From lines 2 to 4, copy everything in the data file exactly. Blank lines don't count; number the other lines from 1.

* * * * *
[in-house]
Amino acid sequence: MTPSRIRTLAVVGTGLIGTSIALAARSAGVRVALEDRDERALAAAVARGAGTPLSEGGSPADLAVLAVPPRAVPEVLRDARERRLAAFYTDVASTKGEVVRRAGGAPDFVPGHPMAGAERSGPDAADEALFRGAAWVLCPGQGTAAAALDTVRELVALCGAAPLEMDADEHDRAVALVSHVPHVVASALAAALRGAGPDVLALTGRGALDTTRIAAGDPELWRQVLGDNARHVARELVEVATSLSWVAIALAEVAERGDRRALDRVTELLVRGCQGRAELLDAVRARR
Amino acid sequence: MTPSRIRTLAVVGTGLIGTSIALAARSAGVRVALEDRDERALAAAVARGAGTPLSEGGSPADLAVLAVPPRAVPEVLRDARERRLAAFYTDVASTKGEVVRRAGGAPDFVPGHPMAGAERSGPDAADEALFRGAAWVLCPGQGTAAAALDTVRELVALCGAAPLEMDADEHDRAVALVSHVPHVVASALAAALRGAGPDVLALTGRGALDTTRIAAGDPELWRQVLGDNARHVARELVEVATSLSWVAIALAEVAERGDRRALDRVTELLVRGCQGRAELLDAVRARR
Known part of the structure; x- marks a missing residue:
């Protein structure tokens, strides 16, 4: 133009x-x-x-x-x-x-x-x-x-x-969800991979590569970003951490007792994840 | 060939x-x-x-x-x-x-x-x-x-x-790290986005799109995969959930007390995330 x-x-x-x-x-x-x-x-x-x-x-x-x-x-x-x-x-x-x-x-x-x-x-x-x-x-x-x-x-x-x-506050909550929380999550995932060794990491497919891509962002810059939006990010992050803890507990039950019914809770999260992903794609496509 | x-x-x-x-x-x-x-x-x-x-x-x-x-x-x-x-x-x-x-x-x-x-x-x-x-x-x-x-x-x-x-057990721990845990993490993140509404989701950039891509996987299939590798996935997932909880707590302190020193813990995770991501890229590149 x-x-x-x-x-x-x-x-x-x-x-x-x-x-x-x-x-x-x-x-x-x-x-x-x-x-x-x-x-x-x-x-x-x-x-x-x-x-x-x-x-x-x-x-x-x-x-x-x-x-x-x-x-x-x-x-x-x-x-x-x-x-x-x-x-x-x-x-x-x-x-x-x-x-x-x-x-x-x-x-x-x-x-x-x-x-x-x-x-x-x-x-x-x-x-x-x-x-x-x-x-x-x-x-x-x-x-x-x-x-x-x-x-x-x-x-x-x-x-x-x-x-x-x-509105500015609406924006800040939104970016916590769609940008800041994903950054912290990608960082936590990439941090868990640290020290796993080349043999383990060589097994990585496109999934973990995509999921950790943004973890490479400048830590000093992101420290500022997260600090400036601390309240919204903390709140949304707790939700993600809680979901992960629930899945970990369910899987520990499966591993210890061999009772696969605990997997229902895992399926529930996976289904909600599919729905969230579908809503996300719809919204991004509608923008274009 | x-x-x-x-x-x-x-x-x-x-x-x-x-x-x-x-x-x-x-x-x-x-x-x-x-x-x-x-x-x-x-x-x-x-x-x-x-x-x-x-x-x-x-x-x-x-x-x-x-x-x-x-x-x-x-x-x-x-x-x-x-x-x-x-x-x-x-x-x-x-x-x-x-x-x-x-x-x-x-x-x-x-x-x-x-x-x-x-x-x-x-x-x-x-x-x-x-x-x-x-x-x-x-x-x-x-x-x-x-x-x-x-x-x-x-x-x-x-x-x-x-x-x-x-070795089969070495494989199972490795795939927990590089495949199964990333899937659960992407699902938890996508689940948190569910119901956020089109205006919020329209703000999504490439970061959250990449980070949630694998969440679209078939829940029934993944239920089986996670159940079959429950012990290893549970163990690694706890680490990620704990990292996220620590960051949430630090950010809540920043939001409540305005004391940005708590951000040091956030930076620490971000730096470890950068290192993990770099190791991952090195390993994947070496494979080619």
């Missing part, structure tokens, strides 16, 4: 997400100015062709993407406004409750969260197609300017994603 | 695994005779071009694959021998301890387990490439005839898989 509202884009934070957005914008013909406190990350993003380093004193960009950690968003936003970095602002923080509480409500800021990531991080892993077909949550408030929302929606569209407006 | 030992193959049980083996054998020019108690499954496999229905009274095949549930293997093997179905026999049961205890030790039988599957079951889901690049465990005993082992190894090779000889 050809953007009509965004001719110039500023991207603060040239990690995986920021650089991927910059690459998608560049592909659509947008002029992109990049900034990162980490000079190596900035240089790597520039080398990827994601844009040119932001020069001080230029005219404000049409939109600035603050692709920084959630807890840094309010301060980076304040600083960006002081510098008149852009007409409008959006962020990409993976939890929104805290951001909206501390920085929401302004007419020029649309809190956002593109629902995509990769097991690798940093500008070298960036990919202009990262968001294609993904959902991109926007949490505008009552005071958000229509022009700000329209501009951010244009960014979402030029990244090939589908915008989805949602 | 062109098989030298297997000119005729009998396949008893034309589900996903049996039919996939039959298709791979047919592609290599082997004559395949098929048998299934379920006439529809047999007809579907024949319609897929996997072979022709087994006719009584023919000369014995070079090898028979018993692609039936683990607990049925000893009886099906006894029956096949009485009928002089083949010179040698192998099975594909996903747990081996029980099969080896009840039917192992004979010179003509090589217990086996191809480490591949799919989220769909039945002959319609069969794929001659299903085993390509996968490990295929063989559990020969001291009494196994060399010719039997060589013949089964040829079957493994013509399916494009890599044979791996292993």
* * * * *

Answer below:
Amino acid sequence: MTPSRIRTLAVVGTGLIGTSIALAARSAGVRVALEDRDERALAAAVARGAGTPLSEGGSPADLAVLAVPPRAVPEVLRDARERRLAAFYTDVASTKGEVVRRAGGAPDFVPGHPMAGAERSGPDAADEALFRGAAWVLCPGQGTAAAALDTVRELVALCGAAPLEMDADEHDRAVALVSHVPHVVASALAAALRGAGPDVLALTGRGALDTTRIAAGDPELWRQVLGDNARHVARELVEVATSLSWVAIALAEVAERGDRRALDRVTELLVRGCQGRAELLDAVRARR
Amino acid sequence: MTPSRIRTLAVVGTGLIGTSIALAARSAGVRVALEDRDERALAAAVARGAGTPLSEGGSPADLAVLAVPPRAVPEVLRDARERRLAAFYTDVASTKGEVVRRAGGAPDFVPGHPMAGAERSGPDAADEALFRGAAWVLCPGQGTAAAALDTVRELVALCGAAPLEMDADEHDRAVALVSHVPHVVASALAAALRGAGPDVLALTGRGALDTTRIAAGDPELWRQVLGDNARHVARELVEVATSLSWVAIALAEVAERGDRRALDRVTELLVRGCQGRAELLDAVRARR
Known part of the structure; x- marks a missing residue: